Dissertation/Thesis Abstract

Reducing Racing During Online Instruction with Contingent Postfeedback Delays
by Dubuque, Erick Mark, Ph.D., University of Nevada, Reno, 2012, 117; 3511786
Abstract (Summary)

Online instruction has become more prevalent in higher education over the last decade. Research investigating the effectiveness of this mode of instruction indicates that it is as good as, or better than, instruction in traditional classroom settings. In addition to the various benefits of online learning, there are also unique challenges that accompany this form of instruction. One of these challenges is racing during self-paced lessons. When racing occurs students are not attending to the instructional material and are instead moving through a lesson in an apparent attempt to escape the instructional context as quickly as possible. The purpose of our study was to assess the impact of contingent postfeedback delays on racing during an online lesson. Results from three separate experiments indicate that postfeedback delays can be an effective way to manage racing during a self-paced online lesson for some students.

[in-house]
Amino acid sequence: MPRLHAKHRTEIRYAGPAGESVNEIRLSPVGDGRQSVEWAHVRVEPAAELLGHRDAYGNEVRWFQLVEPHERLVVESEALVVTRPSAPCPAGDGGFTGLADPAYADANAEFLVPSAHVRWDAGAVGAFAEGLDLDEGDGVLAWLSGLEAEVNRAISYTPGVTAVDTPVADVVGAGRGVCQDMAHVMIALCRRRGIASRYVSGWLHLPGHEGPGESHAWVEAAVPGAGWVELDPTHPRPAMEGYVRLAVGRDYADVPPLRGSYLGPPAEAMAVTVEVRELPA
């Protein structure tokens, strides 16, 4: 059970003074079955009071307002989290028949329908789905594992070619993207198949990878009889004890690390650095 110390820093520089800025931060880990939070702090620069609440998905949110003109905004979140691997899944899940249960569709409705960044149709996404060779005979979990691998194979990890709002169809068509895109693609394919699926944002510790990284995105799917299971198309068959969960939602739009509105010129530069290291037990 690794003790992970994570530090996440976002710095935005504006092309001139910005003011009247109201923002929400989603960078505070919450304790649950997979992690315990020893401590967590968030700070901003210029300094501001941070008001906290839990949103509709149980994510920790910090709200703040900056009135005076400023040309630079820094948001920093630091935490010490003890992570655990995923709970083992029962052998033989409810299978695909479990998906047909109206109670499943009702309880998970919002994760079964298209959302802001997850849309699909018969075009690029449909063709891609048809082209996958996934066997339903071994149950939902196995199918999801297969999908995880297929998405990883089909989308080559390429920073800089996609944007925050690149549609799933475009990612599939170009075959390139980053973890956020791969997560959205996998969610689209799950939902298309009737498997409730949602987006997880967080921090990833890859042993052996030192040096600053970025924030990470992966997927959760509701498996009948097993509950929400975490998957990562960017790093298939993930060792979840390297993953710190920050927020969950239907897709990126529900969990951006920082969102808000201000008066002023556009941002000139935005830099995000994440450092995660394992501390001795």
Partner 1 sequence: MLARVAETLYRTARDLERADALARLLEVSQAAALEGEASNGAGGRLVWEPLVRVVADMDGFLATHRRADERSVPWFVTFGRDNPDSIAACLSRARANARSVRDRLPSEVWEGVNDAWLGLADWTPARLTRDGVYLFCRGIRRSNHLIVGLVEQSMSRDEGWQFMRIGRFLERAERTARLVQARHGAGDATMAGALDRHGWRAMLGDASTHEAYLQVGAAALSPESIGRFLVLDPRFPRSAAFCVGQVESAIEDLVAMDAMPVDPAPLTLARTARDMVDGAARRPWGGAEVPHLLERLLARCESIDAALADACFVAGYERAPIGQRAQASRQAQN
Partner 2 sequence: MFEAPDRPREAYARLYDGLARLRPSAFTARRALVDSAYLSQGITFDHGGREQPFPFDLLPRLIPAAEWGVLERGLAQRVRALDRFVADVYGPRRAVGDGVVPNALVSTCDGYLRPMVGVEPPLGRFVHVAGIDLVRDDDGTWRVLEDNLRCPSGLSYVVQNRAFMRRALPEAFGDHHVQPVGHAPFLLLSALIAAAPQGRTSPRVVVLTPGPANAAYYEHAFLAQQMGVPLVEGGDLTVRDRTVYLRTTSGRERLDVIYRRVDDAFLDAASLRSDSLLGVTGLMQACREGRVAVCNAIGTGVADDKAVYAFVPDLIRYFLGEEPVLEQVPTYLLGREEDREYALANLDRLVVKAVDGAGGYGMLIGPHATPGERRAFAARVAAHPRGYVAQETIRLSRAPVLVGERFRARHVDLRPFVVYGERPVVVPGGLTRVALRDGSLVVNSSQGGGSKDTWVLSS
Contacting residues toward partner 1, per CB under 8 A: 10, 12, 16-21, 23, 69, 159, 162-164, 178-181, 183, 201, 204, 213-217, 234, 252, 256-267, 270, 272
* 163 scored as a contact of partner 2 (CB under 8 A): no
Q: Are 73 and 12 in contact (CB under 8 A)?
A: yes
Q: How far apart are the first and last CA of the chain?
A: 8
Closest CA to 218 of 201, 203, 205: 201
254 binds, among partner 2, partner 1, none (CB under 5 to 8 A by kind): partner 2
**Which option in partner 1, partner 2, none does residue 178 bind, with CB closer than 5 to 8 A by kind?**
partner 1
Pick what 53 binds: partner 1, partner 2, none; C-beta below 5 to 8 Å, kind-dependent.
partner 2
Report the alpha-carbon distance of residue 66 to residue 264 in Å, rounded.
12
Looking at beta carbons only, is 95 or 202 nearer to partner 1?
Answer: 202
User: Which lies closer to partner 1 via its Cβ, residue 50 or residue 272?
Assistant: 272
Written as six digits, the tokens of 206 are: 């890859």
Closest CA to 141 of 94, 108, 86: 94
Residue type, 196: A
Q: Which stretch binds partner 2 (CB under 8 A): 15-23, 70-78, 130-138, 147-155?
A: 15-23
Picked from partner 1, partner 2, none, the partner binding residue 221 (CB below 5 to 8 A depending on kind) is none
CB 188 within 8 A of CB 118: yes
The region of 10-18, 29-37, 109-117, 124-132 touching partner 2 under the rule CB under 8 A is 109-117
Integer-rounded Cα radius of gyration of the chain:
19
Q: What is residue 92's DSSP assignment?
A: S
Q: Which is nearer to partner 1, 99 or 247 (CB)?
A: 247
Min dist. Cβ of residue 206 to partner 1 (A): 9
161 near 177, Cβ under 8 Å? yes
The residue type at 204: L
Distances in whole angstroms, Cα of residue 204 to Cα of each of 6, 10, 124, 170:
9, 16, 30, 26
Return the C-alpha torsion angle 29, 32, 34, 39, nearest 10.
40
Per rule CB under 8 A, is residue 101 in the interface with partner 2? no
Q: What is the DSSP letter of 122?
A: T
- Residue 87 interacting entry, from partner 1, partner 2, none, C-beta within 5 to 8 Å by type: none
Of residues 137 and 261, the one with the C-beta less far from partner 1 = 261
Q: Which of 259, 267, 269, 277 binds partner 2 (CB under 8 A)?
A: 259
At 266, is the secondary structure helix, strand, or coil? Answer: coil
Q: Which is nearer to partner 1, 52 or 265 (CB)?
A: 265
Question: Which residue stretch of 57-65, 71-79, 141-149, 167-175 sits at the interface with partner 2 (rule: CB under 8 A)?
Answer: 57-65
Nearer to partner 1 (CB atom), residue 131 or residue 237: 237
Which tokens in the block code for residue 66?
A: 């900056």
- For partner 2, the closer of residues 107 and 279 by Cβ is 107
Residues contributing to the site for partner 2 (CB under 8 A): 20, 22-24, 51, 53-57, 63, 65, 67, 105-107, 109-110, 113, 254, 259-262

Indexing (document details)
Advisor: Hayes, Linda J.
Commitee: Ghezzi, Patrick M., Houmanfar, Ramona, Hunter, Kenneth, Read, Marsha
School: University of Nevada, Reno
Department: Psychology
School Location: United States -- Nevada
Source: DAI-B 73/10(E), Dissertation Abstracts International
Subjects: Behavioral psychology, Educational psychology
Keywords: Attending, Online instruction, Online learning, Postfeedback delays, Racing
Publication Number: 3511786
ISBN: 9781267399427
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